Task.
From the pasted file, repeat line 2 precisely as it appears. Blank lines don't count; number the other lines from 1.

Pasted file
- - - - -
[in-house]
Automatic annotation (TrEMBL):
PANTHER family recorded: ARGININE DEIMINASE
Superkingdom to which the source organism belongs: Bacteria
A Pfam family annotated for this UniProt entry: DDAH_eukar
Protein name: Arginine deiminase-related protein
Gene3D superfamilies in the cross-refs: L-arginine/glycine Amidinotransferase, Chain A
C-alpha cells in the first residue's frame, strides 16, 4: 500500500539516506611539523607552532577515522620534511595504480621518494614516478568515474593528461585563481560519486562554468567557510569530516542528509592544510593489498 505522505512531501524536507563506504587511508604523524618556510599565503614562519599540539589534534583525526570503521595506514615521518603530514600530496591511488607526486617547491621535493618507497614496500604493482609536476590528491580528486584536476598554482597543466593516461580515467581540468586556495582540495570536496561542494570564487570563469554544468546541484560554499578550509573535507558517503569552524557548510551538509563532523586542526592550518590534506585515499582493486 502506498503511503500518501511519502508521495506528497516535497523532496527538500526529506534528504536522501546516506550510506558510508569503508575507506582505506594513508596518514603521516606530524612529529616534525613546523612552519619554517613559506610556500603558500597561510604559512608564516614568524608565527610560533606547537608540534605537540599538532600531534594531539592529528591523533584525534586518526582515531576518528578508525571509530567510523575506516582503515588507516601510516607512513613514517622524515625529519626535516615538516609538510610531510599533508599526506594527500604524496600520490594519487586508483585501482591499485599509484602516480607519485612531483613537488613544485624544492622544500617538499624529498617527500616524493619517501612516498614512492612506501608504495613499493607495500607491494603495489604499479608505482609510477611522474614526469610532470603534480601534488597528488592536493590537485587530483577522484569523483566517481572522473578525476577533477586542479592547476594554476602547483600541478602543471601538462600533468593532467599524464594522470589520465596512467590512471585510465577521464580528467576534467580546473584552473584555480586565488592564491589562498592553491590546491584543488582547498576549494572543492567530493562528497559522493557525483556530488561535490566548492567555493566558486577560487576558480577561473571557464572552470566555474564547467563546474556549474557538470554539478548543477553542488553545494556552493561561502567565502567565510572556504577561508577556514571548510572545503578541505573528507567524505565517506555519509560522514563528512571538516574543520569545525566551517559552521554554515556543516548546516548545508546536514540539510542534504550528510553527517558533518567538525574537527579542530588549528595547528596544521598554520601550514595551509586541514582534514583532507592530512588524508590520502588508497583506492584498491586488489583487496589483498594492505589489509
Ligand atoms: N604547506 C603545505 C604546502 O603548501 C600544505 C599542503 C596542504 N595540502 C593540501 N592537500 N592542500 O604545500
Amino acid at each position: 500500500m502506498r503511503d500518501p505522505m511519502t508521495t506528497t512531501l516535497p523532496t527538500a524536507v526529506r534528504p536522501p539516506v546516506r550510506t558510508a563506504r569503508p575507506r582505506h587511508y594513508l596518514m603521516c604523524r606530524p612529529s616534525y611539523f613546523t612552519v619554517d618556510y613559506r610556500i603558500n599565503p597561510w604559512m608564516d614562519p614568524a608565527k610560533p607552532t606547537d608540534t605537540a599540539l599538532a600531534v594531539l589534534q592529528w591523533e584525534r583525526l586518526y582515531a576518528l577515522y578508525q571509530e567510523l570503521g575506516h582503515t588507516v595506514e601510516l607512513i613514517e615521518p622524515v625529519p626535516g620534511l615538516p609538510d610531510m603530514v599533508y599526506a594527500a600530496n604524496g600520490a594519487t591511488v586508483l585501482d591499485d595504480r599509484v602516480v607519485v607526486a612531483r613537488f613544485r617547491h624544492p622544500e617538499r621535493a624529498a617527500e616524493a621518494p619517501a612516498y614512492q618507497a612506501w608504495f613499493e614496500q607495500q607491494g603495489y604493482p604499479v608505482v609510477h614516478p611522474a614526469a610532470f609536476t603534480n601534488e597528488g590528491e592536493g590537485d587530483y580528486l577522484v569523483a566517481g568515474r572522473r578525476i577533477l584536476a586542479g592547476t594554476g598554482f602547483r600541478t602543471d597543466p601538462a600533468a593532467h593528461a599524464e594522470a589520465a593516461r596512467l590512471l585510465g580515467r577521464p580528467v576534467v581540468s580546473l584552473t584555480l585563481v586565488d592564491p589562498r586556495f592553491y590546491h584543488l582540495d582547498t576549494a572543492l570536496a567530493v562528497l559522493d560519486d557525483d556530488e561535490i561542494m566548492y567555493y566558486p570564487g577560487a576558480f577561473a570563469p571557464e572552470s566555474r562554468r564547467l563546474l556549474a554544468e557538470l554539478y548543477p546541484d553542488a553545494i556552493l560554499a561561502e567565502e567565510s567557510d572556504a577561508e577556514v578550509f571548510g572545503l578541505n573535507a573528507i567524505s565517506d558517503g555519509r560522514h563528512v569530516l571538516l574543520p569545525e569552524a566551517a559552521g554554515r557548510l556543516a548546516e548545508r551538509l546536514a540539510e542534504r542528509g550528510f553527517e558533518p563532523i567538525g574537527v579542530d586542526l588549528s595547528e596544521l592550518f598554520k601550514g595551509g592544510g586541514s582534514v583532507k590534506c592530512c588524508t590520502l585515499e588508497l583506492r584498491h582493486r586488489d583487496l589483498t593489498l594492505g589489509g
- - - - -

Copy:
Automatic annotation (TrEMBL):